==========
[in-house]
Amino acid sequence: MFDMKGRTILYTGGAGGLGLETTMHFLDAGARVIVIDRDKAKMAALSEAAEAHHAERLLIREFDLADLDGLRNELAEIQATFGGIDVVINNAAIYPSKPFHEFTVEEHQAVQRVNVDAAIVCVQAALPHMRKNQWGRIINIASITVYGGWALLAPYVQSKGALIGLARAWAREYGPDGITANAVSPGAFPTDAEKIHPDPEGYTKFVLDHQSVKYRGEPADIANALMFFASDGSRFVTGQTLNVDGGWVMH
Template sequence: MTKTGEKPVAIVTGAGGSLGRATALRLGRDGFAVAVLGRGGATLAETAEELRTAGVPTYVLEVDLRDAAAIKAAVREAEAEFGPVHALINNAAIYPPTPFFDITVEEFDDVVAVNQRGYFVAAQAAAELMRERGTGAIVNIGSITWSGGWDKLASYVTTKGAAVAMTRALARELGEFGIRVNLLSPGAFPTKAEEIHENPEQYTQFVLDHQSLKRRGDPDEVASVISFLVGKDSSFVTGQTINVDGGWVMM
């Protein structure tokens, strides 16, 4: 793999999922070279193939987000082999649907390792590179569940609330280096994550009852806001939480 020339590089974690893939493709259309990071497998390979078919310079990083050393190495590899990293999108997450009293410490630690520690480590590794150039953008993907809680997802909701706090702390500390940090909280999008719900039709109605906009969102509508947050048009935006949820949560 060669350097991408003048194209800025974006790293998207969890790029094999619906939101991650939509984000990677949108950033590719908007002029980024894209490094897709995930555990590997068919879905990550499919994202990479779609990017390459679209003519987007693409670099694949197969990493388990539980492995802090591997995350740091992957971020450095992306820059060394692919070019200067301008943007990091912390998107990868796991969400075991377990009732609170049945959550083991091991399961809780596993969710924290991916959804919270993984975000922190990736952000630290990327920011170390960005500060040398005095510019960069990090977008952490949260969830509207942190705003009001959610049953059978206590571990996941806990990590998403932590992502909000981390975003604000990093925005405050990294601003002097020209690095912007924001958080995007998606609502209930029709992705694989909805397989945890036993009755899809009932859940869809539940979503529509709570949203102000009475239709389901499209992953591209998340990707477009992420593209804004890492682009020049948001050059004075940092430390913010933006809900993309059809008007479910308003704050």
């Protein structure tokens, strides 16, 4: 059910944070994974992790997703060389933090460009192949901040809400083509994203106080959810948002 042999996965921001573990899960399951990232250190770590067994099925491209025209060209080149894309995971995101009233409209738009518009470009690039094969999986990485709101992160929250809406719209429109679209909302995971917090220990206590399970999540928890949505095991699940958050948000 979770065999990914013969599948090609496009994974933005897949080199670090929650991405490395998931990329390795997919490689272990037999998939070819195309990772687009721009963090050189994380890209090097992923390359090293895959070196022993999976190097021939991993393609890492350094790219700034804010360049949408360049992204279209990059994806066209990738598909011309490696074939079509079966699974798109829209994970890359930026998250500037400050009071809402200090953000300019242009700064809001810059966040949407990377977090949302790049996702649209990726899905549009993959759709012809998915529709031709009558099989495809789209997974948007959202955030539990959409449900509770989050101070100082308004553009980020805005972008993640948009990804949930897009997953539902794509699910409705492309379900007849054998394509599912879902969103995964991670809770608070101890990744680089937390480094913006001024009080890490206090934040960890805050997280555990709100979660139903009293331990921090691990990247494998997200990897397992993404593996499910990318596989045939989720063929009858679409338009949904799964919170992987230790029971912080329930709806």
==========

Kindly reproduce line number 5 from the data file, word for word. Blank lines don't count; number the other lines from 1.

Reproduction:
């Protein structure tokens, strides 16, 4: 059910944070994974992790997703060389933090460009192949901040809400083509994203106080959810948002 042999996965921001573990899960399951990232250190770590067994099925491209025209060209080149894309995971995101009233409209738009518009470009690039094969999986990485709101992160929250809406719209429109679209909302995971917090220990206590399970999540928890949505095991699940958050948000 979770065999990914013969599948090609496009994974933005897949080199670090929650991405490395998931990329390795997919490689272990037999998939070819195309990772687009721009963090050189994380890209090097992923390359090293895959070196022993999976190097021939991993393609890492350094790219700034804010360049949408360049992204279209990059994806066209990738598909011309490696074939079509079966699974798109829209994970890359930026998250500037400050009071809402200090953000300019242009700064809001810059966040949407990377977090949302790049996702649209990726899905549009993959759709012809998915529709031709009558099989495809789209997974948007959202955030539990959409449900509770989050101070100082308004553009980020805005972008993640948009990804949930897009997953539902794509699910409705492309379900007849054998394509599912879902969103995964991670809770608070101890990744680089937390480094913006001024009080890490206090934040960890805050997280555990709100979660139903009293331990921090691990990247494998997200990897397992993404593996499910990318596989045939989720063929009858679409338009949904799964919170992987230790029971912080329930709806």